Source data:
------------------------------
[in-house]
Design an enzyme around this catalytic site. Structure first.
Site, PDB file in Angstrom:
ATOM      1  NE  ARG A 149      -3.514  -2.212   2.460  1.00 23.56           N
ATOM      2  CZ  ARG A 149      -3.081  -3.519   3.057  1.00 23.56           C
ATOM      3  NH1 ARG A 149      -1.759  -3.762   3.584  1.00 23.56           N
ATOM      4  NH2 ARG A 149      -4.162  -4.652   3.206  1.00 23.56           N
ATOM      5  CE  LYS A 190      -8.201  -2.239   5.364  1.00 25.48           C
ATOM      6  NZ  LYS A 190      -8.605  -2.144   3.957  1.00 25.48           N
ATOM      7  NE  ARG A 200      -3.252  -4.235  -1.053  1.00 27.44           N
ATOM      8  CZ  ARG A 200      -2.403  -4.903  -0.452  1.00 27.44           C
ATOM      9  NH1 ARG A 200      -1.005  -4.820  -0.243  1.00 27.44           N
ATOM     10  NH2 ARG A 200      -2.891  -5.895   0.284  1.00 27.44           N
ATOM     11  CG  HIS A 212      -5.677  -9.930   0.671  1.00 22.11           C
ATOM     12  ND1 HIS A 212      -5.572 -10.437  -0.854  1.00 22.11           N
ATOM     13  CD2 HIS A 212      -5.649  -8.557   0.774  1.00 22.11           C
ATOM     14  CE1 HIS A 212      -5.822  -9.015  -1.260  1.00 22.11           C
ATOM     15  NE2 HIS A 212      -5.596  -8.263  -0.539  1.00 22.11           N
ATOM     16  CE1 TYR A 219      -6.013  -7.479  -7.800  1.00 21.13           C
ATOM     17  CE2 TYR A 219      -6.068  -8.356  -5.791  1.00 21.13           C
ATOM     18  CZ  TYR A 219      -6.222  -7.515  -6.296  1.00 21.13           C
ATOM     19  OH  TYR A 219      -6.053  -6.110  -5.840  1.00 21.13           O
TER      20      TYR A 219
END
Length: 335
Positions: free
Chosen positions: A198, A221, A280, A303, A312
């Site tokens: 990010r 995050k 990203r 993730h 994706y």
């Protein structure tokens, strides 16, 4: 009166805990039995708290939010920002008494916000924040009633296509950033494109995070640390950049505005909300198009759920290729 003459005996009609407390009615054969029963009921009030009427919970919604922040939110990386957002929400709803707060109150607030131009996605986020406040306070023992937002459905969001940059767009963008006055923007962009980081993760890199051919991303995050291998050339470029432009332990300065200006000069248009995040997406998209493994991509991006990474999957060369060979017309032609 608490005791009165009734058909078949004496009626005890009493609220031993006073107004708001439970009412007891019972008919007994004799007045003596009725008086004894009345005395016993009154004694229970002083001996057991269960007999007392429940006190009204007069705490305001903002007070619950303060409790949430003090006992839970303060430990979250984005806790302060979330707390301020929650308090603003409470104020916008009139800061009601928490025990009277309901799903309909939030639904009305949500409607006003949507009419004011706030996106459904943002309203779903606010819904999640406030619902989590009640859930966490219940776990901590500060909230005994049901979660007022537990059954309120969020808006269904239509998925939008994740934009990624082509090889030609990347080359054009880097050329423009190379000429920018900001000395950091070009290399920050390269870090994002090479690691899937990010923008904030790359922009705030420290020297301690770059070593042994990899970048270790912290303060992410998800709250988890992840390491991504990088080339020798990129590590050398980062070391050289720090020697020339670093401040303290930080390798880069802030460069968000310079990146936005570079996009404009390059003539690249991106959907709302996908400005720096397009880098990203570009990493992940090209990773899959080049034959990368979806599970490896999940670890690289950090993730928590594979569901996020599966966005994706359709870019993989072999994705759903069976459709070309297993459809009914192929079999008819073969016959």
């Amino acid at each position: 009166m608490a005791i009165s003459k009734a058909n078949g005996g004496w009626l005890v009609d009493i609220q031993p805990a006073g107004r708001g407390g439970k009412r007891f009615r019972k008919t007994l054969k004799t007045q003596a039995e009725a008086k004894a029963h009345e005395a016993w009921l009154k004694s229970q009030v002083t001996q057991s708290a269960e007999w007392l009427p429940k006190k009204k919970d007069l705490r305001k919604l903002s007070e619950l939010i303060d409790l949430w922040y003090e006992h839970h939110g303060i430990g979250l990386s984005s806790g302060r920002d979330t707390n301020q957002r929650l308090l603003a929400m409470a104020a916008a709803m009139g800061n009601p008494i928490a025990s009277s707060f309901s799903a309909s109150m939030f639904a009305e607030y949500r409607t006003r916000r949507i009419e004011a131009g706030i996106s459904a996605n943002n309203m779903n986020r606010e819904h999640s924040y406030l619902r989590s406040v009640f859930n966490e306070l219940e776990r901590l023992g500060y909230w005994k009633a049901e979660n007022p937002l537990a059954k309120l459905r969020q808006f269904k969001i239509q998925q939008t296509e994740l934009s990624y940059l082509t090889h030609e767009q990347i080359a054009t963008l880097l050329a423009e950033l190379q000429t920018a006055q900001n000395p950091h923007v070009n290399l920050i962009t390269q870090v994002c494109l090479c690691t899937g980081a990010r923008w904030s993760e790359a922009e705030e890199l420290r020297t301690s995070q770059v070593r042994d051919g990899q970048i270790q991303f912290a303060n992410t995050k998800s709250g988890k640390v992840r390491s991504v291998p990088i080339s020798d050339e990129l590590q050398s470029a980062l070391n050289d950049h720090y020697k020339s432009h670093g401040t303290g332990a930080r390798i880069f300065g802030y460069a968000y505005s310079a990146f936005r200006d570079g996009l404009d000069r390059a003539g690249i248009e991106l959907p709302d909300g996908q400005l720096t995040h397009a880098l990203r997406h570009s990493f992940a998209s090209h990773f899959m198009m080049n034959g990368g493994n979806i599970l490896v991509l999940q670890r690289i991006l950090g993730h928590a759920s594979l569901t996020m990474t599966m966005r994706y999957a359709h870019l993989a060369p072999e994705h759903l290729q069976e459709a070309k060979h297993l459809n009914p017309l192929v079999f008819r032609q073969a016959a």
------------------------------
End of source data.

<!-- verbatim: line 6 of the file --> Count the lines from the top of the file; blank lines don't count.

ATOM      3  NH1 ARG A 149      -1.759  -3.762   3.584  1.00 23.56           N